The lead singer of US punk rock band Green Day, Billie Joe Armstrong, has issued a statement on Instagram in the wake of the death of an acrobat at the Mad Cool festival in the Spanish capital on Friday night. Pedro Aunión died after falling from a cage suspended 30 meters in the air by a crane during a performance which took place just before the US band was due to come on stage.
“If we had known prior to our performance we most likely would not have played at all. We are not heartless people,” said the singer in the statement. The band had been criticized in some quarters for their decision to play after the fatal accident on the second day of the three-day festival, now in its second year.
“We didn't even know there was an acrobat performance at all. These festivals are huge,” the statement continued.” We were warming up ready to go at 11.25pm. Fifteen minutes prior our tour management was told by local authorities to wait to go on stage because there was some sort of security issue. Security issues are a normal occurrence and procedure at any show. We were NOT told why which is also normal,” Armstrong added.
The veteran band, one of the headliners at the huge Mad Cool festival, was not informed of the death of the acrobat until after their show. “We got off stage and drove back to our artist compound. It was there when we were told the shocking news about Pedro. All of us were in disbelief. I don’t know why the authorities chose not to tell us about the accident before our concert,” Armstrong said on Instagram.
The singer also said the band was “heartbroken” for the “friends and family” of the acrobat and that they were also “shocked and heartbroken for anyone that had to witness this tragedy”.
We didn't even know there was an acrobat performance at all Billie Joe Armstrong, Green Day lead singer
The accident on Friday left behind it sadness, confusion, criticism, indignation and a police investigation. Officers from the Judicial Police have already begun to analyze videos of the incident that ended the life of Pedro Aunión, who was from Madrid, and are trying to establish the causes behind the failure of the safety harness he was wearing.
After the accident, police attended the scene where the incident took place, just a few meters from the main stage at the Caja Mágica site, and interviewed members of the festival’s organization team and the members of the crew who were on the stage when Aunión fell to his death. One of the main points of the investigation will be to establish whether the safety equipment failed or whether the acrobat had not properly fastened his harness.
The organizers of Mad Cool released a brief statement in the early hours of July 8, more than four hours after the performer had died. It read: “Mad Cool Festival regrets the terrible accident that the aerial dancer suffered during the second day of the festival. For reasons of safety, the festival decided to continue with its program. We send our sincere condolences to all of his family. Tomorrow, on Saturday 8, during the festival, we will pay a heartfelt homage to the artist.”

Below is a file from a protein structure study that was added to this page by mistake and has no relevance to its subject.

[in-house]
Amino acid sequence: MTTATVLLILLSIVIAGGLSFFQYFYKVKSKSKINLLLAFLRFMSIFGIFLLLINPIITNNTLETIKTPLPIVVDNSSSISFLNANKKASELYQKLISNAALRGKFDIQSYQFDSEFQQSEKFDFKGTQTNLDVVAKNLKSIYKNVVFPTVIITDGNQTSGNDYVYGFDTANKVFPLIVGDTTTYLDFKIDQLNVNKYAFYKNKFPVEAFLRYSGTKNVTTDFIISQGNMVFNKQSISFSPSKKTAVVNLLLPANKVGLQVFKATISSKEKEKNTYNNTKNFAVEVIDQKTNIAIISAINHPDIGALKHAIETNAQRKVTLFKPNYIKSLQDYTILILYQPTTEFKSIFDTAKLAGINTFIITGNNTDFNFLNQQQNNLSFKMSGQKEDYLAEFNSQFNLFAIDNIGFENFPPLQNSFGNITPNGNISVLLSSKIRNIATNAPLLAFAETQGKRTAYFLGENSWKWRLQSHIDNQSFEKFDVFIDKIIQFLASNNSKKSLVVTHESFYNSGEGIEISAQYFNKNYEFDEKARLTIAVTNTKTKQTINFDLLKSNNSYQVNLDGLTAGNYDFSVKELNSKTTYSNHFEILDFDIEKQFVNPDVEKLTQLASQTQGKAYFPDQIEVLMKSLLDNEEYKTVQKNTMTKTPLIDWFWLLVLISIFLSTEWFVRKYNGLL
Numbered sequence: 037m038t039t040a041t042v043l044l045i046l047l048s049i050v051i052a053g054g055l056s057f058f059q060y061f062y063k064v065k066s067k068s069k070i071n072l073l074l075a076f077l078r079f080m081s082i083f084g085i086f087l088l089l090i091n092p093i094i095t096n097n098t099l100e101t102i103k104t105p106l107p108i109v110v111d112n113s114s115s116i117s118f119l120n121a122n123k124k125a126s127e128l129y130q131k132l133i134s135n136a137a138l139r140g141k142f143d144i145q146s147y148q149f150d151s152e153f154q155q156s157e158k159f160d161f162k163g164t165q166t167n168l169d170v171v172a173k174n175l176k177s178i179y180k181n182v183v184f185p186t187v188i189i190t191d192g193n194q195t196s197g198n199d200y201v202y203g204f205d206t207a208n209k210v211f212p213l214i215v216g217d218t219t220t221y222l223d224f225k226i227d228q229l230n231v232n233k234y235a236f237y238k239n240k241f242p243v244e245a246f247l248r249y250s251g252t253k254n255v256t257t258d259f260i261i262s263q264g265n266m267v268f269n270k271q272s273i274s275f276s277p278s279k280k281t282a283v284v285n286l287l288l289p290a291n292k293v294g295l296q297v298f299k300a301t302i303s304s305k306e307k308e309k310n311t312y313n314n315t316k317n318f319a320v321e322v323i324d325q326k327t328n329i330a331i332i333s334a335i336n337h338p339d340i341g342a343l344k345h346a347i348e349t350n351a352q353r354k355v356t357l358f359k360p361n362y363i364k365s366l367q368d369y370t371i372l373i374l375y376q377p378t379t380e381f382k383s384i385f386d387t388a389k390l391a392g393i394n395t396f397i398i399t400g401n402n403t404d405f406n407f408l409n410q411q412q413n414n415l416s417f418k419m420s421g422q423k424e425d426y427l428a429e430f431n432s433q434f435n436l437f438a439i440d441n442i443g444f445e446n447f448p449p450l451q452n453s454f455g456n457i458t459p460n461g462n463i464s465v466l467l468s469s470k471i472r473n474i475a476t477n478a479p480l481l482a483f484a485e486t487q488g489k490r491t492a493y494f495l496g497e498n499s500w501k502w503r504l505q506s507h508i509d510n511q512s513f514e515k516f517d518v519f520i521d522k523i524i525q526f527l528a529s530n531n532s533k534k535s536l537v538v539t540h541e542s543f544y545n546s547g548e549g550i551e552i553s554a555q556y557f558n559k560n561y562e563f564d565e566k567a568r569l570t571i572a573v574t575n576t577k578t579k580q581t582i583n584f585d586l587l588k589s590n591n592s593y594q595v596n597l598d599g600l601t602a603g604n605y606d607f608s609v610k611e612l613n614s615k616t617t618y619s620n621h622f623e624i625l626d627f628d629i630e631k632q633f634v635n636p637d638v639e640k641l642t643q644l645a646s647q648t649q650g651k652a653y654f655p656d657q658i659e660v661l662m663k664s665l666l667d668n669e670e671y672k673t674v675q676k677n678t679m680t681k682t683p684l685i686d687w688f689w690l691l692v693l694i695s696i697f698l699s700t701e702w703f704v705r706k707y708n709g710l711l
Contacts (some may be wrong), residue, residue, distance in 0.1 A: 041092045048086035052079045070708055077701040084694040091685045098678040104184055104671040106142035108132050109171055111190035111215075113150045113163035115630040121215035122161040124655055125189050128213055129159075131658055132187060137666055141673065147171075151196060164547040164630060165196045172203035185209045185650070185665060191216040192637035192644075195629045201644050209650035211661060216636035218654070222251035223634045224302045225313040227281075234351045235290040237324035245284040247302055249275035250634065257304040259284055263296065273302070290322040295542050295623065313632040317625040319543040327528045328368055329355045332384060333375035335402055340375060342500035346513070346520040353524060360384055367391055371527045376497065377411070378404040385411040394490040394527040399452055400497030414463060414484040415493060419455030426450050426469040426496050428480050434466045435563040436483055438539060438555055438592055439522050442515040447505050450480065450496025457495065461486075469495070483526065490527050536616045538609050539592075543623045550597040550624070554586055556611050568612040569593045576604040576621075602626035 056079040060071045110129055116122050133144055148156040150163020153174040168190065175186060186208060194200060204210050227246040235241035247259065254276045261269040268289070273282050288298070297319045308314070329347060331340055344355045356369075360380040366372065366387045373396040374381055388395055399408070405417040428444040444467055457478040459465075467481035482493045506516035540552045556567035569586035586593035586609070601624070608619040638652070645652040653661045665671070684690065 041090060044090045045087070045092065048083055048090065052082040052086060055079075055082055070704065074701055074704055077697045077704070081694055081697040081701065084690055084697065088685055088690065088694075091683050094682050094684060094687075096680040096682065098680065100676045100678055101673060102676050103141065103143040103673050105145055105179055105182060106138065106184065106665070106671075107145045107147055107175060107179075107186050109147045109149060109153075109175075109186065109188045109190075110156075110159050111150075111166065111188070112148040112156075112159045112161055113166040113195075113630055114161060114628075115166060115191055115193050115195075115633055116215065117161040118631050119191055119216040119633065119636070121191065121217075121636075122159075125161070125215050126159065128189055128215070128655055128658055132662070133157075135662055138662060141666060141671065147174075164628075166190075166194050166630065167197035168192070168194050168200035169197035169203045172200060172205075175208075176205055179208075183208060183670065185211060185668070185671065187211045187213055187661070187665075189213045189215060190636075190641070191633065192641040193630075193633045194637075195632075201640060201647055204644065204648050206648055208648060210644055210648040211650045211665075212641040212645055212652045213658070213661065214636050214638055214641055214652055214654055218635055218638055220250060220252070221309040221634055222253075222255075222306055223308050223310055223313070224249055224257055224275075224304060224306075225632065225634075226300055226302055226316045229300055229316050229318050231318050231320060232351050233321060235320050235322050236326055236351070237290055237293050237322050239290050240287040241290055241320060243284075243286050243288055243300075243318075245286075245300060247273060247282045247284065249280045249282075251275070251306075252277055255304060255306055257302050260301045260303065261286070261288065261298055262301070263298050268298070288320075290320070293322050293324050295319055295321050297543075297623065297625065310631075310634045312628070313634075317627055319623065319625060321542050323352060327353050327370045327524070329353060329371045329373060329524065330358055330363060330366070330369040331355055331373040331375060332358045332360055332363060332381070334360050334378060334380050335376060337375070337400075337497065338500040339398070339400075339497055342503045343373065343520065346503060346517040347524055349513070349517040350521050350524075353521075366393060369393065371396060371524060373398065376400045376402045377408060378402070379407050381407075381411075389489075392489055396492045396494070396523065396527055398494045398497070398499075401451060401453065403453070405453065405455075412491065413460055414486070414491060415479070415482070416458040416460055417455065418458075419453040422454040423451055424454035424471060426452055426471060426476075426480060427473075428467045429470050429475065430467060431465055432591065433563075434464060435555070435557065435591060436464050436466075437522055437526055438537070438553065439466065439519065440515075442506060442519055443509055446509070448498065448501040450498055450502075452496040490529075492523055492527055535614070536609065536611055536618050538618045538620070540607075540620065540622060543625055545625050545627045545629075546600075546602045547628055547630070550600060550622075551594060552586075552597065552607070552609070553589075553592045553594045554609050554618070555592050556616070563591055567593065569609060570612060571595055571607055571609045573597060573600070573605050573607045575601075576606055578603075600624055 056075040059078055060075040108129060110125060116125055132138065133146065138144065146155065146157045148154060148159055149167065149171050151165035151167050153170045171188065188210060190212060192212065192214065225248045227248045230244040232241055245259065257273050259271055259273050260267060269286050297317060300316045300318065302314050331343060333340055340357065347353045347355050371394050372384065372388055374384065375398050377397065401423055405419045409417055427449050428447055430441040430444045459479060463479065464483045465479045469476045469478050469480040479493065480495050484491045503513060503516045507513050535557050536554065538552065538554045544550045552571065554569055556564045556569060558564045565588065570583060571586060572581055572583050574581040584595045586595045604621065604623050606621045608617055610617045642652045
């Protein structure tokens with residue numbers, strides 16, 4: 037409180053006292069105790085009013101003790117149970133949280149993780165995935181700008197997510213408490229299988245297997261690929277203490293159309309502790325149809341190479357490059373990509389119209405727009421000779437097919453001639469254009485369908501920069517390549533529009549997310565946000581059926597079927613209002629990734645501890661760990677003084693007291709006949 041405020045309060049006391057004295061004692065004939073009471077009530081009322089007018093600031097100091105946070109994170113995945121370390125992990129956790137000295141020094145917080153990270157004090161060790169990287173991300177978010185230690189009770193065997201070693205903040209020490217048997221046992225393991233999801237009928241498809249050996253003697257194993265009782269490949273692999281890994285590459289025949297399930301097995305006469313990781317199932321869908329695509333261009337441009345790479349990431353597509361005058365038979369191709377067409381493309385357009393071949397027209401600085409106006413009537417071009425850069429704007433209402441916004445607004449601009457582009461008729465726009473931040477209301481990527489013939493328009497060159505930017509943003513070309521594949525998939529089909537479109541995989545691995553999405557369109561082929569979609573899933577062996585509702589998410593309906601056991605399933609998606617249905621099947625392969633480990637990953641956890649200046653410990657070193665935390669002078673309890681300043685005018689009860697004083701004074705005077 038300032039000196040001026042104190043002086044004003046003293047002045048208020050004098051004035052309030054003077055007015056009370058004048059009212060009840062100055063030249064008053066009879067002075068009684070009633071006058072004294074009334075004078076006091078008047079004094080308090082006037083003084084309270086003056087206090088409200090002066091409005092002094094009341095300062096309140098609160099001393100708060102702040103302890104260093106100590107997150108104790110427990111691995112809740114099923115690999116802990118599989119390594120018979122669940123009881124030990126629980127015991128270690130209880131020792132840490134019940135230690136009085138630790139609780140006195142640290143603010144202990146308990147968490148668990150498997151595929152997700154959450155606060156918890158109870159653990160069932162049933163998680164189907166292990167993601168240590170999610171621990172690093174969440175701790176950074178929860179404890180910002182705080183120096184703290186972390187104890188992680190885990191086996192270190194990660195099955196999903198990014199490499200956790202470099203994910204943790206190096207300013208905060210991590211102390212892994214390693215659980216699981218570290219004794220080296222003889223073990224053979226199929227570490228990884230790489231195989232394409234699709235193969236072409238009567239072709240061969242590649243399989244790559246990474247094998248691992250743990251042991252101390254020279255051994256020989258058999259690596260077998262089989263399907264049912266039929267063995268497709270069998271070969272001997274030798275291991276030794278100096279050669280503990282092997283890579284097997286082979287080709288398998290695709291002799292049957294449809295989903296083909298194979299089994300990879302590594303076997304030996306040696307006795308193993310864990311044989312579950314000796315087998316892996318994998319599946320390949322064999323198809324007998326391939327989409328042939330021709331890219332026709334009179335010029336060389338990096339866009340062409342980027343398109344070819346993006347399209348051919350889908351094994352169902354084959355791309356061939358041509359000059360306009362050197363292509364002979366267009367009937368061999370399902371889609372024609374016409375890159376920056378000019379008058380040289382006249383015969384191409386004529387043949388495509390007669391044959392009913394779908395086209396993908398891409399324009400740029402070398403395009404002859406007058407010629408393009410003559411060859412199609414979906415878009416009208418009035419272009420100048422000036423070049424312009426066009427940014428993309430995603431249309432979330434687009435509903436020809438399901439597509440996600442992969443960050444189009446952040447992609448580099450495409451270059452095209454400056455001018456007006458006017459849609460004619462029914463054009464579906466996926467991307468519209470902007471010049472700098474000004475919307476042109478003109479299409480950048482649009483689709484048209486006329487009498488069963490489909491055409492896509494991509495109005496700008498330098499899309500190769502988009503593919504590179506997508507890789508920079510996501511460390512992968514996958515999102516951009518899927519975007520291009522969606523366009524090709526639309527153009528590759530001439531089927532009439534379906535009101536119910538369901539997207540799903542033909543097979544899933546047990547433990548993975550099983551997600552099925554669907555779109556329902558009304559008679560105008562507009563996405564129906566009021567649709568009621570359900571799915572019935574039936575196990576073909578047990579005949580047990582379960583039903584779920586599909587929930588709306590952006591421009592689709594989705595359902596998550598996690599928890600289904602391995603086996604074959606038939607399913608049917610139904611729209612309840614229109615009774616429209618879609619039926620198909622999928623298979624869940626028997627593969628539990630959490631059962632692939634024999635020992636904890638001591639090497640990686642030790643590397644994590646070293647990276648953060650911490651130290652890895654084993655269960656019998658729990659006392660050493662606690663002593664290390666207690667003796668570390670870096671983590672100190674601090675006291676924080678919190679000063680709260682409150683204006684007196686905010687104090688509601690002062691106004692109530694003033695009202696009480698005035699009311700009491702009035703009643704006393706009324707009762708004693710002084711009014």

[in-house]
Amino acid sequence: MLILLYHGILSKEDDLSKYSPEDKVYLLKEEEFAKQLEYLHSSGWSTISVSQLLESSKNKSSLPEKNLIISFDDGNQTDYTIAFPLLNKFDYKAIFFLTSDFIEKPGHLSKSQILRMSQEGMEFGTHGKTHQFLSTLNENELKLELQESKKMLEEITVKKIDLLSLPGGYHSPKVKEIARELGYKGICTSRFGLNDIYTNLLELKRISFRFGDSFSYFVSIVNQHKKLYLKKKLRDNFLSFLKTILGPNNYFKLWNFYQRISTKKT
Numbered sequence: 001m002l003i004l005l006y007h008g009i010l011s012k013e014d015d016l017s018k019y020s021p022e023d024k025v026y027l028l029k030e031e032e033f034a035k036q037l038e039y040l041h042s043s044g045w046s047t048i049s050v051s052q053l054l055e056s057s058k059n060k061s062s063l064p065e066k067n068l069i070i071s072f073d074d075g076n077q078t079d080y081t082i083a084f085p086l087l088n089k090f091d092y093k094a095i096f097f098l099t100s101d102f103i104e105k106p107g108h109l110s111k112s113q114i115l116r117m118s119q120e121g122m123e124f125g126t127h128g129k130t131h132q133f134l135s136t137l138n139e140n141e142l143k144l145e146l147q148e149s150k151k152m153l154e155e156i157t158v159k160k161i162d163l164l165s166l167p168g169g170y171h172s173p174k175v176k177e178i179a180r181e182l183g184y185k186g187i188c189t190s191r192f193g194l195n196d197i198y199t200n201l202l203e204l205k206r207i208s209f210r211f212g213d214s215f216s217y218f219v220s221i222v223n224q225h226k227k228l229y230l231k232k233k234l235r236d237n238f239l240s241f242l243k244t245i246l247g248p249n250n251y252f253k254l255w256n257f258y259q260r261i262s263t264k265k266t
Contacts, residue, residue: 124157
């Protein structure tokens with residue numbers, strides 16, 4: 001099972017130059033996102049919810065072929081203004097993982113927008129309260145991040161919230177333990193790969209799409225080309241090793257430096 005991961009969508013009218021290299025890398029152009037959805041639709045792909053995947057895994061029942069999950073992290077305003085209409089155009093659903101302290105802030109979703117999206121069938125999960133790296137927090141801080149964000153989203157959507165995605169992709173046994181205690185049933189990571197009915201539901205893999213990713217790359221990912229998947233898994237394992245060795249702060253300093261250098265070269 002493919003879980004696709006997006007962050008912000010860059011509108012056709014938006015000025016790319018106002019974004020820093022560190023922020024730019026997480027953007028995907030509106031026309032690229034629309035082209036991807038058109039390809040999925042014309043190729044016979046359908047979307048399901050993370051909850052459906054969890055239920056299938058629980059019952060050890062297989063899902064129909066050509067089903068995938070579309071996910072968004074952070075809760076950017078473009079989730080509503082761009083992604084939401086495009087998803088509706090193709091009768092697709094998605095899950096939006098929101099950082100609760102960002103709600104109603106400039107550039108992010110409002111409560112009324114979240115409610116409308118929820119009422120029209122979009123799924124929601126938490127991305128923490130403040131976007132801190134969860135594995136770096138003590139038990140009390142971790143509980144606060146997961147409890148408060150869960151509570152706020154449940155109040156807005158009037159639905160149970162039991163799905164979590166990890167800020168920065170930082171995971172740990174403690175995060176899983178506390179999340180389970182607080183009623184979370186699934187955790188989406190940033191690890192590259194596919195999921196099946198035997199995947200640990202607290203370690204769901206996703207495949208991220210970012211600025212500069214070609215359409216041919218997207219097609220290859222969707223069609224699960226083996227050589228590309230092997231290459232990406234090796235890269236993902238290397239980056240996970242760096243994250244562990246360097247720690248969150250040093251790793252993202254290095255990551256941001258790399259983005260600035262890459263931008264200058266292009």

The organizers told EL PAÍS that they were “working 100% with the police to establish what had happened,” and that they were due to meet to decide how to approach the last day of the festival, on Saturday. Later that day they released a longer press statement, explaining, among other things, that they decided not to cancel the event in order not to cause panic among attendees.
As a protest at the festival’s decision to continue with the event, a state union representing musicians, performers and composers called a demonstration at the main entrance to the festival in Madrid, as a tribute to Pedro Aunión. “No more mortal accidents. Security and dignified conditions now,” was the message of the protest, which attracted 50 or so people, who shouted: “The price of your ticket is not worth a life.”
David García, one of the union representatives at the protest, said that while there would always be accidents, Mad Cool should have released more information earlier to the bands playing at the event and the public. “We hope that they will give us information about how the investigation is progressing,” added Luis Ventín, from an actors’ union. “Our precarious [working conditions] means that we have a dangerous job.”
Pedro Aunión had arrived from the United Kingdom, where he was living, on June 26 to rehearse for his performances at Mad Cool. He was living in Brighton, in the south of the country, and was due to return on July 11. As well as being an acrobat, he had also studied Spanish dance, dramatic arts and contemporary dance. Since 2003, he had run his own company, Ciadehecho, an experimental group combining theatre, dance and acrobatics.
Many of the victim’s friends expressed their devastation about his death via social networks, in particular after seeing one of his last messages on Facebook, where he expressed his happiness to return to his native Madrid, and also stating that he was looking forward to seeing his boyfriend, who was in the UK.
Those who knew Aunión doubted that the accident was due to a mistake made by the acrobat, given that he was “particularly vigilant” when it came to safety, and would check several times that everything was working correctly and that there was no risk for the participants.